by Reggie Gresham, vice president of enterprise sales, Matrix Integration

It’s a big decision to outsource IT services. With cloud services, 5G, AI and machine-learning now becoming commonplace in day-to-day business and manufacturing operations, businesses ranging from small service providers to national manufacturers are evaluating the same option – whether or not to work with a partner to handle a significant portion of their technology needs. A survey from outsourcing firm Clutch found that 80% of small businesses planned to outsource a business function in 2021 – number one being IT services.1 And while businesses of all sizes have traditionally outsourced individual functions, such as help desk or cybersecurity services, today it makes much more sense to work with a strategic partner who can see the business as a whole and help make technology decisions based on the company’s goals.

Choosing that ideal partner can be difficult, but CEOs, operations managers and stakeholders from throughout the organization have a role in that decision. CIOs or technology directors need to be involved – without a doubt – but non-IT professionals need to be part of the conversation too. The best IT partnerships emerge when clients are highly involved, from the top down, to ensure that the IT services the company is buying match all strategic objectives. That’s why, when evaluating a potential provider or an IT contract, it’s critical that these five key points are addressed:

Key Performance Indicators (KPIs). Just as businesses rely on KPIs to measure the success of various company functions, KPIs should be included in IT service contracts as well. The KPIs should make it easy to determine whether or not the chosen IT service provider is meeting the company’s IT goals and objectives. Some examples include goals for uptime (this should be maximized), limits for downtime, efficiencies achieved for specific business processes and security targets, such as number of attacks averted and/or mitigated quickly.

Detailed Guarantees. What happens if the KPIs aren’t being met? What if the network goes down, or the company’s security is breached? An IT service provider should be held accountable based on KPIs as well as other metrics. In addition, they should provide specific steps they will take, if, for example, the network goes down or a power outage occurs. Those guarantees should include detailed goals. For example, if the network goes down, the IT services company will guarantee that the communications system is back up within an hour, other data is back within three to five hours, and the rest is back online at a specified time.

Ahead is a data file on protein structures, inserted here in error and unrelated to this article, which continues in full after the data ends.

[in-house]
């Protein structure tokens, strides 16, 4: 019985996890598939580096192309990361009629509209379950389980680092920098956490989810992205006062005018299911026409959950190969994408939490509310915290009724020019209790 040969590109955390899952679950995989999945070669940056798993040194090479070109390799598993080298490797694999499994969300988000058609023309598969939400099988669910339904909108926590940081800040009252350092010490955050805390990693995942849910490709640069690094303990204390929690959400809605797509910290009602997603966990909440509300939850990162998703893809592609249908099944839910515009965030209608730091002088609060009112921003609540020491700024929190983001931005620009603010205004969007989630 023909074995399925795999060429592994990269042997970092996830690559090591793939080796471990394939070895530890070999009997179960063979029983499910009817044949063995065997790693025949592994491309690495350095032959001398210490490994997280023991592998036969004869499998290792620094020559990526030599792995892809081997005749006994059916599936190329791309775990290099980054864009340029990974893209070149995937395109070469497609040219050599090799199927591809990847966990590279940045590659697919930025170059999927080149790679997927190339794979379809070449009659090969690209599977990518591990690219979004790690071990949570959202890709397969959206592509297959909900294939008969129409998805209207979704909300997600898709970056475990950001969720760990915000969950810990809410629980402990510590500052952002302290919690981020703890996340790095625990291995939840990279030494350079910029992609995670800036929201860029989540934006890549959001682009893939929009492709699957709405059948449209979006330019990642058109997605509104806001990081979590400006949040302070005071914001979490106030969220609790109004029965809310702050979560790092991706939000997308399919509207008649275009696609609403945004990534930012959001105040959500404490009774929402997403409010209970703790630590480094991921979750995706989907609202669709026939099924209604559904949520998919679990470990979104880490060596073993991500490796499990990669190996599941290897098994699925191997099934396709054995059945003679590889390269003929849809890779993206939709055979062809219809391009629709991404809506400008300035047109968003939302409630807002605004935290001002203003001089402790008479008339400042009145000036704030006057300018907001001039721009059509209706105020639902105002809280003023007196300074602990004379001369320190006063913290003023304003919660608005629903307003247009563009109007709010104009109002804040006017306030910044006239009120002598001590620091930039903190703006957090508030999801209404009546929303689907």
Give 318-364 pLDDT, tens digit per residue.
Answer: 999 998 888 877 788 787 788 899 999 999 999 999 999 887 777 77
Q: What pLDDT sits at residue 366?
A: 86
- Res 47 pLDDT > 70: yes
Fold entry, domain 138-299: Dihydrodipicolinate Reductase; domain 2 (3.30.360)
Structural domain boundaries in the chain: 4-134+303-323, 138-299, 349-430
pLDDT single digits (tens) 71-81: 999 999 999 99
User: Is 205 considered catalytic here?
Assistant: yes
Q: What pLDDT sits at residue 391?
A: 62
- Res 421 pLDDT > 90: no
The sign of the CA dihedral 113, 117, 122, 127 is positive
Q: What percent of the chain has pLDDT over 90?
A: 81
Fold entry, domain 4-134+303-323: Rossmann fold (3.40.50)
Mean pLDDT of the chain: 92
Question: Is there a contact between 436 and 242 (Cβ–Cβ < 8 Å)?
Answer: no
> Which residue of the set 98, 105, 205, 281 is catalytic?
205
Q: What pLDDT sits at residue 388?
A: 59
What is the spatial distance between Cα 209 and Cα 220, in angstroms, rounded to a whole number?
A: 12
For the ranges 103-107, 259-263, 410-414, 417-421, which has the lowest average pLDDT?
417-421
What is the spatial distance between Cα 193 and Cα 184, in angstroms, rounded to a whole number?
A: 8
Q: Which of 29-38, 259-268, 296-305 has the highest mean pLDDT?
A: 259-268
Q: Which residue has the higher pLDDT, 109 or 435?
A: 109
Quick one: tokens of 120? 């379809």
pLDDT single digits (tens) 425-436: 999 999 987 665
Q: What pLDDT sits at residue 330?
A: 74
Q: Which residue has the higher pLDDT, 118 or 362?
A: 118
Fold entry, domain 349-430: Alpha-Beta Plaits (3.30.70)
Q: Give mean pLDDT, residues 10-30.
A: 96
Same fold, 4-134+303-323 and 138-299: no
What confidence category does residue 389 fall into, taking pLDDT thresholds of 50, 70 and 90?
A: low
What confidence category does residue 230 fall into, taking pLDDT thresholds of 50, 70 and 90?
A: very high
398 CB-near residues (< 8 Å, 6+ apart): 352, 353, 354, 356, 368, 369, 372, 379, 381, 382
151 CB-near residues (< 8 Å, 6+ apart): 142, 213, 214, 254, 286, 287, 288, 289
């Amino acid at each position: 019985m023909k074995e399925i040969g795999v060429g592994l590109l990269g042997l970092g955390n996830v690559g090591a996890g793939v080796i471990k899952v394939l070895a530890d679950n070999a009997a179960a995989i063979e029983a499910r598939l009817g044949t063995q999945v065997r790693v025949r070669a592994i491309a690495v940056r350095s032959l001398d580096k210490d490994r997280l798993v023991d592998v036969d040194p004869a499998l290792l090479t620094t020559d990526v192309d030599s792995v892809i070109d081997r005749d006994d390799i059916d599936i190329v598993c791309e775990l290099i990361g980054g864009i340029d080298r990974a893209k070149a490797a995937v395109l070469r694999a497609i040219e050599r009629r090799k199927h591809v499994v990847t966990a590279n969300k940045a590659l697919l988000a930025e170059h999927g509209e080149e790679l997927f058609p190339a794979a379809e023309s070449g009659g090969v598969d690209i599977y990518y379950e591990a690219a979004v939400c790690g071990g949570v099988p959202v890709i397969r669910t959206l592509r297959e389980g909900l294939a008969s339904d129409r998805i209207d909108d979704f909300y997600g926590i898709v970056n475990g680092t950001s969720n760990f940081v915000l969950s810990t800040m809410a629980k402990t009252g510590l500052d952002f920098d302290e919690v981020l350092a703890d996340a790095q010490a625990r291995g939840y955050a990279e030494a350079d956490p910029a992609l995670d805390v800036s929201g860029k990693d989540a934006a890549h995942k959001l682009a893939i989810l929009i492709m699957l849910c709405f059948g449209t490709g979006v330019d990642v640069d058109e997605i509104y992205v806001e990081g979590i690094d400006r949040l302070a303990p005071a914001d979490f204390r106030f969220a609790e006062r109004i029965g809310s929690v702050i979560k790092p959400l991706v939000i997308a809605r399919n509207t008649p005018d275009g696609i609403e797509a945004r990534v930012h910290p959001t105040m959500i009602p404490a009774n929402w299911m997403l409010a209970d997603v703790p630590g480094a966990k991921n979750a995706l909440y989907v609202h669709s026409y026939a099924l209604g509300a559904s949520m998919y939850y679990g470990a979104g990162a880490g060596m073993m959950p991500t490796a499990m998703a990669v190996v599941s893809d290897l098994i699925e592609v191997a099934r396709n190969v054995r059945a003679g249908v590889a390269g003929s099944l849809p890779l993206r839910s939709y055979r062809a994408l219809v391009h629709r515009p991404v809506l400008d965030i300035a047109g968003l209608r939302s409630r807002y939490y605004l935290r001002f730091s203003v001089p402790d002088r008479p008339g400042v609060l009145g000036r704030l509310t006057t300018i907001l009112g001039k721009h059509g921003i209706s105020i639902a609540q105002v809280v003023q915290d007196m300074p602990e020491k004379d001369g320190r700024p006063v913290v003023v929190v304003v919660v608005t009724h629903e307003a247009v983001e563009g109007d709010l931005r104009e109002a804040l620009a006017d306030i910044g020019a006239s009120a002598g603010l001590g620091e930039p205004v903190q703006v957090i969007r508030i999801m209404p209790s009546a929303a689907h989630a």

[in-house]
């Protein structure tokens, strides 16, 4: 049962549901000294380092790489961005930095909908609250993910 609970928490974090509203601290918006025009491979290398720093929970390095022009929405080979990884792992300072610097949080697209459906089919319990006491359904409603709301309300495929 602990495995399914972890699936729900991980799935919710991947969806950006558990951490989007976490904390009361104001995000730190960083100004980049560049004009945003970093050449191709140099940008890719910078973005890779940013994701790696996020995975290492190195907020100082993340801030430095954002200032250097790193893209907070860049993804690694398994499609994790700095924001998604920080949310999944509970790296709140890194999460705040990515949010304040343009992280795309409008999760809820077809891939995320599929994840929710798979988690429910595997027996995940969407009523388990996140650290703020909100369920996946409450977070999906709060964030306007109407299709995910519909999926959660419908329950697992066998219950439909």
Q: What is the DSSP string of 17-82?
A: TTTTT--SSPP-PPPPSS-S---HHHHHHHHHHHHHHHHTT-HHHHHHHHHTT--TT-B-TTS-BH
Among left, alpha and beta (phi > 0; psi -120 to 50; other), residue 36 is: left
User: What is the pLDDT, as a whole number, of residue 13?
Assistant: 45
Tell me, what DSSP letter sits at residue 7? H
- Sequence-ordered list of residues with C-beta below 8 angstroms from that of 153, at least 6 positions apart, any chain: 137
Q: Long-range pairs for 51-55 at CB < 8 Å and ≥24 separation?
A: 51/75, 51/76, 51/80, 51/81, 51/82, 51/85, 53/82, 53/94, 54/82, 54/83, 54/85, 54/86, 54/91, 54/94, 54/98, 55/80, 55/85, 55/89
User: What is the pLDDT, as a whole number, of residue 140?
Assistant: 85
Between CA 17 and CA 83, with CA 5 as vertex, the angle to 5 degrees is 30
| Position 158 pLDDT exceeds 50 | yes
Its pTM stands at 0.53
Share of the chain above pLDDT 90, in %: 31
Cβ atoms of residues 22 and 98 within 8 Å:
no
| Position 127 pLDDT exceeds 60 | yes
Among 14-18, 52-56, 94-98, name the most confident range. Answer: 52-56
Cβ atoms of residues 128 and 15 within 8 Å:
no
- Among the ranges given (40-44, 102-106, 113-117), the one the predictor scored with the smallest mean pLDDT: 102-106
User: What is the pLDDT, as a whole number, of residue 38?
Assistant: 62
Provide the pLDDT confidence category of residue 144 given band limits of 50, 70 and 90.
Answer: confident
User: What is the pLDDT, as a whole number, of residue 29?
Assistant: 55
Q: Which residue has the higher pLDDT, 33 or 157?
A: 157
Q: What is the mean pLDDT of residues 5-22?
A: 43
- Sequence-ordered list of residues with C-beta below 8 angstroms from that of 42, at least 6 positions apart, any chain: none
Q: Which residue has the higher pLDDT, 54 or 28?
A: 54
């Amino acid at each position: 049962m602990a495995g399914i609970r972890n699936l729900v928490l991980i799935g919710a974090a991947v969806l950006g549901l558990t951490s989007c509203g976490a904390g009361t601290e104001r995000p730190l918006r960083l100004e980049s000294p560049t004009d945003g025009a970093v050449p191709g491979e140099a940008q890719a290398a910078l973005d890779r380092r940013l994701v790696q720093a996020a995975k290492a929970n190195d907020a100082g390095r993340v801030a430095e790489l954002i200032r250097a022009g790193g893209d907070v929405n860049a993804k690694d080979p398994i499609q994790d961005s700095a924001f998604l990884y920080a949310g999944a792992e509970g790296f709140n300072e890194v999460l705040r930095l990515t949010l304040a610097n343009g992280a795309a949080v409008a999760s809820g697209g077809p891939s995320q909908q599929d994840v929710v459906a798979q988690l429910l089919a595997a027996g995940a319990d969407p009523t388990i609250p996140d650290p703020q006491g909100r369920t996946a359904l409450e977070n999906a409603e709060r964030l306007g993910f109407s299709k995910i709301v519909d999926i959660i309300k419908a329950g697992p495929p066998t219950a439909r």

These guarantees should be based upon your needs, and they should include what the IT service provider will do if they can’t live up to these goals. Will they provide a discount? Pay for losses due to downtime? Although some IT providers might be reluctant to include guarantees in their contract, they shouldn’t be. If they believe in what they do, they’ll take on the risk right along the company.

Specific Business Application Support. Most likely, a company uses one or two applications that are core to its business, such as a CRM application. Usually, it doesn’t make financial sense to outsource the maintenance of that application – that is typically best performed by internal employees or with help from the application’s vendor. However, an outside IT firm can provide assurance that the CRM is running on a strong, reliable platform that has high availability, and that if the main platform fails for some reason, there are solid backup and recovery plans. IT providers should be specific about how they will support a business’s most critical applications.

Regular Reviews. A strategic IT partner will understand the business – and that all businesses change. Regular reviews with key stakeholders in operations, sales and other business units will ensure that the agreement with your IT service firm stays flexible. As priorities shift, as they often do, IT resources can be reallocated with everyone in agreement. We recommend our clients conduct these reviews at least quarterly.

Cybersecurity Compliance Plan. If hiring an external IT partner for cybersecurity, make sure they understand the regulations the business needs to follow. These can include federal regulations, industry guidelines and insurance requirements, as well as additional mandates set by large customers. Understand know how IT partners will organize, test and provide documentation to interested parties so that the company is compliant with the necessary cybersecurity protocols.

Ultimately, a company’s IT service contract should serve as a living document that is flexible enough to handle changes in the company’s priorities as well as external circumstances. It should also reflect the fact that the IT service provider should be a dedicated business partner – one that has some skin in the game. Outsourced IT team needs to understand how the company works and what’s most important to it.

Growing that relationship takes time, but involvement from higher level management and building that trust is worth it. The benefits can include concrete, bottom-line savings in terms of operational efficiencies, top-line revenue because of the ability to handle a greater amount of business, and soft costs such as having a dedicated partner that can help solve problems and grow with the company as it evolves.

Reggie Gresham is the vice president of enterprise sales at Matrix Integration, a strategic IT and managed services provider for more than 1,000 businesses in Indiana, Kentucky and beyond. He has built a 20-year career in technology and is the former president of 100 Black Men of Louisville and a graduate of Eastern Kentucky University.

More information:


1. “Benefits of Outsourcing for Small Businesses.” Clutch, January 21, 2021.